If you believe that there’s any chance you’re going to need to use a fire extinguisher in your lifetime, then you should be properly trained on how to do so. Not only should you understand how to use it and have a knowledge of basic fire fighting techniques, but you need to make sure the right type of fire extinguisher is used on top of it. We’re going to give you a rundown on how to properly use a fire extinguisher, if you find yourself in a workplace or at-home situation where the simple use of a fire extinguisher could make all the difference.
While we all may not have fire extinguishers in our residential home, it is a legal requirement to have at least one in the workplace (depending on the size of the building, how many floors, etc.). Making sure that your employees know how to operate one in the event of an emergency can not only save lives, but it can save your equipment, important files and further valuables from burning into dust. This is why it’s important to teach your employees how to use a fire extinguisher, rather than fumbling around with instructions they’ve never seen before when under pressure.
EHS Insight expands on why this is so important “How to Use a Fire Extinguisher – Safety Steps”:
Did you know that there are classifications of fires and that your fire extinguisher may not be equipped to handle all of them? Well, you do now! If you take a look at your fire extinguisher’s label, it will indicate which classes of fire it is designed to put out. As you can imagine, the majority of household fire extinguishers are multi-purpose, but are only equipped to combat A, B, and C classes.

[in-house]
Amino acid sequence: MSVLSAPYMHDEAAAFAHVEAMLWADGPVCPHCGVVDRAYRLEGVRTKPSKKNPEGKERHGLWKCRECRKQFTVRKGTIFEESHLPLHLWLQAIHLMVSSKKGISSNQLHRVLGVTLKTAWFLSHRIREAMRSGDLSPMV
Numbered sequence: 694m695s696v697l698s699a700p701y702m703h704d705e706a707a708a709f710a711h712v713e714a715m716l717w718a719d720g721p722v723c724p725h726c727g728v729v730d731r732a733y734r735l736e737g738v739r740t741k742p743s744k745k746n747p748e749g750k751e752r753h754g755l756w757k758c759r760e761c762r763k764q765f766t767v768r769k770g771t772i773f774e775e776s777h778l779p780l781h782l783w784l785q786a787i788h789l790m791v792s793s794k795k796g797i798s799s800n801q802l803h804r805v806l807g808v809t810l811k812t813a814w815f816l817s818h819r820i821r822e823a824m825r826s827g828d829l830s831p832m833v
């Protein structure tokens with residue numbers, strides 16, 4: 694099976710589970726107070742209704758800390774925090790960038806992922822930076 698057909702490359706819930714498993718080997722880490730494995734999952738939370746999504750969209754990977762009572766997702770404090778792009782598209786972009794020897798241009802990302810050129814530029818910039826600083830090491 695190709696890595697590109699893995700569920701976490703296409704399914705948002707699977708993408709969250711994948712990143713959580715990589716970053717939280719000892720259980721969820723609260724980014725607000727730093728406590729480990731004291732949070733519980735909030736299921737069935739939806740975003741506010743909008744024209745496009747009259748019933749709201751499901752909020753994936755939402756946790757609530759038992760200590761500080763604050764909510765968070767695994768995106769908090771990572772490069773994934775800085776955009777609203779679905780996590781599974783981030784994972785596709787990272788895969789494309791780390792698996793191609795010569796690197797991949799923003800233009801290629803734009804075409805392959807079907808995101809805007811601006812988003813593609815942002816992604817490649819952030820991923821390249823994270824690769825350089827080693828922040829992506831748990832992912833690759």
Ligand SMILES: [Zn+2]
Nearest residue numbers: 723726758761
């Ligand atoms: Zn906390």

Rebecca Edwards of Safewise talks us through the classifications:
“The first thing you need to know is the different classifications of fires, and the second that not all fire, you need to understand what types of fires you may have to deal with and make sure your extinguisher can get the job done.
Most household fires fall into one of the following categories:
Class A: These fires are fueled by solid combustibles like wood, paper, and cloth.
Class B: These fires are fueled by flammable liquids such as oil, petroleum, and gasoline.
Class C: These fires are started or fueled by faulty wiring, fuse boxes, and appliances.
Class K: These fires are started or fueled by cooking oils and greases, animal fats, and vegetable fats.”
While it’s unlikely that you’re going to physically practice on a fire extinguisher, it’s important to study the instructions and make sure you understand them, so you can feel confident if the occasion should ever arise where you need to operate one.
The National Safety Council takes us through how to operate a fire extinguisher using the PASS method:
“Pull the pin on the extinguisher.
Aim the hose nozzle low toward the base of the fire.
Squeeze the handle to release the extinguishing agent.
Sweep the nozzle from side to side at the base of the flames until extinguished.”
Now that you have a better understanding of how to use a fire extinguisher, you need to make sure yours is properly maintained so it’s ready to go in the event of an emergency. Check out how we can help with fire extinguisher inspections, recharges, and many other mobile services to keep you and your business safe.